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Nch’ḵay̓: Squamish council expresses resounding support for proposed Mount Garibaldi name change

Squamish Nation requested name change an ‘extremely important step forward’ for Sḵwx̱wú7mesh people, says Nation spokesperson.
Mount Garibaldi, or Nch’ḵay̓, which is pronounced in-ch-KAY.

Squamish council members have voiced their support for officially changing the name of Mount Garibaldi to its Sḵwx̱wú7mesh Úxwumixw (Squamish Nation) name, Nch’ḵay̓.

At the Oct. 3 regular business meeting, council voted unanimously to write a letter of support to the B.C. Geographical Names Office regarding the request by Squamish Nation to change the name of the prominent Sea to Sky geological feature.

This local feedback stemmed from a letter from the provincial names office asking the District for its comments regarding the proposed change.

“I see this as a reconciliation measure to contemplate and, I hope, eventually rename the peak from Garibaldi to Nch’ḵay̓,” said Coun. John French.

(Nch’ḵay̓ is pronounced in-ch-KAY.)

In addition to its support, council also suggested the B.C. Geographical Names Office refer the proposal to Heritage BC and the National Congress of Italian-Canadians British Columbia Region Society.

Coun. Eric Andersen said this would allow for a “a complete context statement” available when looking up the name in the office’s database if the change were to go ahead.

While discussing the letter, Coun. Chris Pettingill said he wanted council’s response to be “crystal clear” about their endorsement of the Nch’ḵay̓ name.

“A return to the original Indigenous name is really important,” he said.

Another councillor was supportive of the change going beyond just the naming of the mountain, although this is not currently requested.

“As much as I enjoy hearing the history of Garibaldi, I have an even greater appreciation for the representation that this gives the Squamish language, people and culture and I hope that this change eventually goes on to be reflected by BC Parks,” said Coun. Lauren Greenlaw.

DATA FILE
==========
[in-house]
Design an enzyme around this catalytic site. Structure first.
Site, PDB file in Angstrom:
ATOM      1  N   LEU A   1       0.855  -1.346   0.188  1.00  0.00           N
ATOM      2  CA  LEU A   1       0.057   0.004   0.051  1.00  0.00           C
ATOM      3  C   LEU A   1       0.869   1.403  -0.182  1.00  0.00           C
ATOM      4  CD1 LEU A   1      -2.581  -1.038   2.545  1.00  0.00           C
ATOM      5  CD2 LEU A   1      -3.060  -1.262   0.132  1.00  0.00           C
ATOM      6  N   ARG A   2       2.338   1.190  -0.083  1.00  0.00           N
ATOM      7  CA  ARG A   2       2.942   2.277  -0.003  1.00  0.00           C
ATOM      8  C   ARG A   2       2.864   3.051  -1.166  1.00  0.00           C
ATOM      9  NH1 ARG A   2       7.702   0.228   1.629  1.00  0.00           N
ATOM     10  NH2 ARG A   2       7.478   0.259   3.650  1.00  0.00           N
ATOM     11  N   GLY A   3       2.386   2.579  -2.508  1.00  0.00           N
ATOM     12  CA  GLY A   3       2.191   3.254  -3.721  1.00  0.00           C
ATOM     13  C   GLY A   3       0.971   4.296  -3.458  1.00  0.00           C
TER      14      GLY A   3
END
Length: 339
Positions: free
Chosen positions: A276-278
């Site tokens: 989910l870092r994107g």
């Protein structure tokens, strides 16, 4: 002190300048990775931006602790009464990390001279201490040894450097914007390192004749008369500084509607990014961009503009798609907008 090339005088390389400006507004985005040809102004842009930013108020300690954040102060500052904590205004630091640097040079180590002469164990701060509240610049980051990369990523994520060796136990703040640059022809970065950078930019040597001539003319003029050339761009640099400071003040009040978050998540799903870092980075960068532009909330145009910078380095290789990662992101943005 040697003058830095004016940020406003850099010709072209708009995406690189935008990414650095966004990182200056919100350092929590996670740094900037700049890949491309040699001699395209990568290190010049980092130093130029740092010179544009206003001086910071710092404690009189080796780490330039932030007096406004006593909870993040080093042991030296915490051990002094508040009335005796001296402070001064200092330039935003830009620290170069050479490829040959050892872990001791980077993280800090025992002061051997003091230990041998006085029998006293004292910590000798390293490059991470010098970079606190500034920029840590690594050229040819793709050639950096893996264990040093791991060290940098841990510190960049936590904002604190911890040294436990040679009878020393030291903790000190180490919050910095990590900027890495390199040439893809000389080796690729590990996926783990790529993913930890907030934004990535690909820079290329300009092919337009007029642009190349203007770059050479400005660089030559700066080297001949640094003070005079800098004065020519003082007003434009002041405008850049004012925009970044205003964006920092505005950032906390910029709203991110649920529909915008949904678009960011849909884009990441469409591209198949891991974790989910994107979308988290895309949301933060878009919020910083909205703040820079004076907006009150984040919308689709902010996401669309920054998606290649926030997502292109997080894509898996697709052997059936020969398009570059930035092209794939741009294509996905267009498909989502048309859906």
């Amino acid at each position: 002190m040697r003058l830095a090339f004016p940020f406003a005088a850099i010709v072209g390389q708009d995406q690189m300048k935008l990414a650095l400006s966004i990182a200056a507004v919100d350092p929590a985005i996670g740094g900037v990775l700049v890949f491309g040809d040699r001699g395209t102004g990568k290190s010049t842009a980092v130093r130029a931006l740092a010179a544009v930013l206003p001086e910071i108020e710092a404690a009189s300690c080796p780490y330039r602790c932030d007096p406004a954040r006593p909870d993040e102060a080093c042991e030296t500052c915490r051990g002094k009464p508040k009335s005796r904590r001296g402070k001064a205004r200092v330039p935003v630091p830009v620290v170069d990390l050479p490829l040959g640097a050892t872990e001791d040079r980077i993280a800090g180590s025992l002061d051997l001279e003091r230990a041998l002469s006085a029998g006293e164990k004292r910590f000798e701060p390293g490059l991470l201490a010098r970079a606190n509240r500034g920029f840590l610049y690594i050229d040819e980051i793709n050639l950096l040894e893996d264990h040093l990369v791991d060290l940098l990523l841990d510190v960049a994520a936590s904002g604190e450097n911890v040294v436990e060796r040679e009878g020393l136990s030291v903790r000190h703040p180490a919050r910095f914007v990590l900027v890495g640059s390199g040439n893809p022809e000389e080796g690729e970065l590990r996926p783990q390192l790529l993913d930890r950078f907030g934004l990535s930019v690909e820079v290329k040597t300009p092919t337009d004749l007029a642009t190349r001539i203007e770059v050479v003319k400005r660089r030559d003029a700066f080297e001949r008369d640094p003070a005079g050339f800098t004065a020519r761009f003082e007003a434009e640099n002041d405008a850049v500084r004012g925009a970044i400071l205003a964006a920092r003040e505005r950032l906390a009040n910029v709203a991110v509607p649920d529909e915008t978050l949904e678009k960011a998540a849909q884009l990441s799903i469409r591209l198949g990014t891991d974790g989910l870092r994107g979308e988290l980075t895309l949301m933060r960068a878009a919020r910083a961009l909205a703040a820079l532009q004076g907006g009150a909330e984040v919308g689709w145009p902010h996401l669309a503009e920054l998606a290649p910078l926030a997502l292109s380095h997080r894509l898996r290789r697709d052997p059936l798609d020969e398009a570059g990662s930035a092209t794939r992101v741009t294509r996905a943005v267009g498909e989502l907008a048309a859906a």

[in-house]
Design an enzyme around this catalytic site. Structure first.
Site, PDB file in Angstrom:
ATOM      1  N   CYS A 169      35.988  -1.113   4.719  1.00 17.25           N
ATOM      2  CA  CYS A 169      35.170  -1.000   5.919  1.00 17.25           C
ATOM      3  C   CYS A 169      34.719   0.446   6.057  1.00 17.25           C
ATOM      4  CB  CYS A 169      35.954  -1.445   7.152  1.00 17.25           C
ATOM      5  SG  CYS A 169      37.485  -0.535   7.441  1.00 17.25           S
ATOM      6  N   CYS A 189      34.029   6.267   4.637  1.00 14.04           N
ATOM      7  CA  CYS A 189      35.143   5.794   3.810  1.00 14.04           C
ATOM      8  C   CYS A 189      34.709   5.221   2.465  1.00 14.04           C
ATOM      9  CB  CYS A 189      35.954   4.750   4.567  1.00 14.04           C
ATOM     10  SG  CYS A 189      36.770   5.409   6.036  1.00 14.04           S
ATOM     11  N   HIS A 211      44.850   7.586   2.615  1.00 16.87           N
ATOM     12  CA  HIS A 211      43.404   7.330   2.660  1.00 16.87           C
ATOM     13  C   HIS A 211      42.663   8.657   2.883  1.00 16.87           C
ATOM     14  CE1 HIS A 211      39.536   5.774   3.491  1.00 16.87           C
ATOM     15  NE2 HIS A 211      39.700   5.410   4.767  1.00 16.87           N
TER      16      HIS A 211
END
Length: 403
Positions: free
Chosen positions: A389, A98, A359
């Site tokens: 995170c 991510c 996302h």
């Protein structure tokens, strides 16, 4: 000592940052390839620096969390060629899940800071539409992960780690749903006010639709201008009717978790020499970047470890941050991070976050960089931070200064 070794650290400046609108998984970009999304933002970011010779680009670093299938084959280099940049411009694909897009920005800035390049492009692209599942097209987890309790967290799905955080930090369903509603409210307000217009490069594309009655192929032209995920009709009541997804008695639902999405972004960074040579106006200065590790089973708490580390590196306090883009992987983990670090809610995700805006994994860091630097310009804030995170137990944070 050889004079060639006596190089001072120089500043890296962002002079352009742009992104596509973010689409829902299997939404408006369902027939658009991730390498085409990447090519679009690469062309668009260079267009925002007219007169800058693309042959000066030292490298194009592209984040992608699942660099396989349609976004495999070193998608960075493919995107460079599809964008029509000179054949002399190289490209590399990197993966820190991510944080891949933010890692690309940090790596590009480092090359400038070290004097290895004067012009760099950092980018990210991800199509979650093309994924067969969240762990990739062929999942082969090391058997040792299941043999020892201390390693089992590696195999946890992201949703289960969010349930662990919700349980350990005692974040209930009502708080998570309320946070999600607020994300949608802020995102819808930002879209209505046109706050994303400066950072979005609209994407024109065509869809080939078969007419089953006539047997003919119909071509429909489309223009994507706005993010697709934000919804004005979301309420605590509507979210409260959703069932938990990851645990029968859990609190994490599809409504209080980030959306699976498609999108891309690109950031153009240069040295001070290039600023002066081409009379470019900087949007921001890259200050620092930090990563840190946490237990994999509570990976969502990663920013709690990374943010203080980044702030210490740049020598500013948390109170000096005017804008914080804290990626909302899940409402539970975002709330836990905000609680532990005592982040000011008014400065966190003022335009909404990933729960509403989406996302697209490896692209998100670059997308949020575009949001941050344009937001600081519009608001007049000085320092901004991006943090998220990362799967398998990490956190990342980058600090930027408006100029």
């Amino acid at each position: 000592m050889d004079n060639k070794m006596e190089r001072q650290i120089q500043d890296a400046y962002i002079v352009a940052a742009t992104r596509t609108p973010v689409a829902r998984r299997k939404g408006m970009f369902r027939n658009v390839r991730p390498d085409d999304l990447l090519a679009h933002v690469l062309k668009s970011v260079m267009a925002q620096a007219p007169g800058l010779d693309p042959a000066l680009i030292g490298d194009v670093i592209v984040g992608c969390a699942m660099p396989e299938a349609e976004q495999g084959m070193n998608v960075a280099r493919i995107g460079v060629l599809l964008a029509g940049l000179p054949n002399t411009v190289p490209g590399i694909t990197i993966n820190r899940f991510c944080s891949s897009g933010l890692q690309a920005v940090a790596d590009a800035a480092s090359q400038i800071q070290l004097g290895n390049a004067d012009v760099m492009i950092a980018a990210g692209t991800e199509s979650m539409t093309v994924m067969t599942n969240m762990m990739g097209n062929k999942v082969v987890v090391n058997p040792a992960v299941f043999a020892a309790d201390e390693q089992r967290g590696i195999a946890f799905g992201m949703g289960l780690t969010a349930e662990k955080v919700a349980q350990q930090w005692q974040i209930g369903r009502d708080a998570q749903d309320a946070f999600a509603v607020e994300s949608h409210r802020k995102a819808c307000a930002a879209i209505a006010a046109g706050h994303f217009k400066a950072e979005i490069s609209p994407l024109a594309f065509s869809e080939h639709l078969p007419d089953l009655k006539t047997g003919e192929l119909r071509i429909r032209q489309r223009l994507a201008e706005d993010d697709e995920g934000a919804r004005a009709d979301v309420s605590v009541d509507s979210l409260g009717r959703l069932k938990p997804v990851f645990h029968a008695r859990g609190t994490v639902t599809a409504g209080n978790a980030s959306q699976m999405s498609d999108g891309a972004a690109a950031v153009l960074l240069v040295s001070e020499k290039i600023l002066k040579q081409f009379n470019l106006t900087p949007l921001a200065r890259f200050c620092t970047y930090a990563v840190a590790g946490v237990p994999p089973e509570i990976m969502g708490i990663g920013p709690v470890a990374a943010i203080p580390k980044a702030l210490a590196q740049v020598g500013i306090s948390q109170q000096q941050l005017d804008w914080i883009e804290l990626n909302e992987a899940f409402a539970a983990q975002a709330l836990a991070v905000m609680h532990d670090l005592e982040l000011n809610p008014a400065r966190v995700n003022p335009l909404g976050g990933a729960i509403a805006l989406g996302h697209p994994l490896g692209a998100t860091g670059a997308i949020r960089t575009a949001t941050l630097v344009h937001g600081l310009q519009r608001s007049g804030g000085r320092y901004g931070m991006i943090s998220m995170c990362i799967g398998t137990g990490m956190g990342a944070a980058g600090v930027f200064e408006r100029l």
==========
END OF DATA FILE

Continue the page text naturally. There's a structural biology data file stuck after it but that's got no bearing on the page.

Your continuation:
Sxwixwtn, Wilson Williams, Nation councillor and spokesperson said that the Mount Garibaldi name change is an “extremely important step forward” for the Squamish People. 

“Nch’ḵay̓ has held great significance to us for thousands of years. It is sacred to us. It is the centre of our Creator Legend. It is the highest mountain in our homelands, and it inspires us to strive for greatness,” he said in an emailed statement.

“We have always called the mountain Nch’ḵay̓, but having our language, our culture and our stories finally recognized by others, is wonderful.”

The provincial letter sent to Squamish municipal council noted that that Nch’ḵay̓ means “Dirty Place” or “Grimy one,”in the Squamish language, referring to the tendency for the Cheekye River to look muddy in colour, a result of volcanic debris in the area.

The provincial letter states that the name Mount Garibaldi originates from a ship captain of the Royal Navy commemorating the Italian General Giuseppe Garibaldi in the 1860s.

“It is unlikely that Garibaldi ever visited British Columbia,” the letter reads. “There are 10 other official names which commemorate him in the province, including the prominent provincial park.”

Wilson said that the Nation is working hard to move these kinds of initiatives forward. 

“They are extremely important to our community, and to our future. I also believe that in recent years people and other levels of governments are more willing to listen, to work with us, and to effect real change,” he said. 

When could we see the name officially change to Nch’ḵay̓?

A spokesperson for the B.C. Geographical Names Office, Corinna Filion, told The Squamish Chief in an email that name changes occur about 10 to 30 times per year on average.

“In 2022, there were 15 geographical name changes, 12 of which were Indigenous names,” she wrote. “In 2021, there were four geographical name changes, three of which were Indigenous names.”

Filion noted there were likely fewer name changes these two years due to the impacts of the pandemic, wildfires and flooding.

“Recognizing Indigenous place names is part of B.C.'s work to advance reconciliation and implement the United Nations Declaration of the Rights of Indigenous Peoples through the Declaration on the Rights of Indigenous Peoples Act.”

Filion said the comment period for the name change is open until Dec. 31 and after it closes the comments will be evaluated in accordance with the Geographical Naming Policy. This process may take several weeks or months, depending on the total number of comments received.

View the comments from the District of Squamish council meeting on the muni’s YouTube page.

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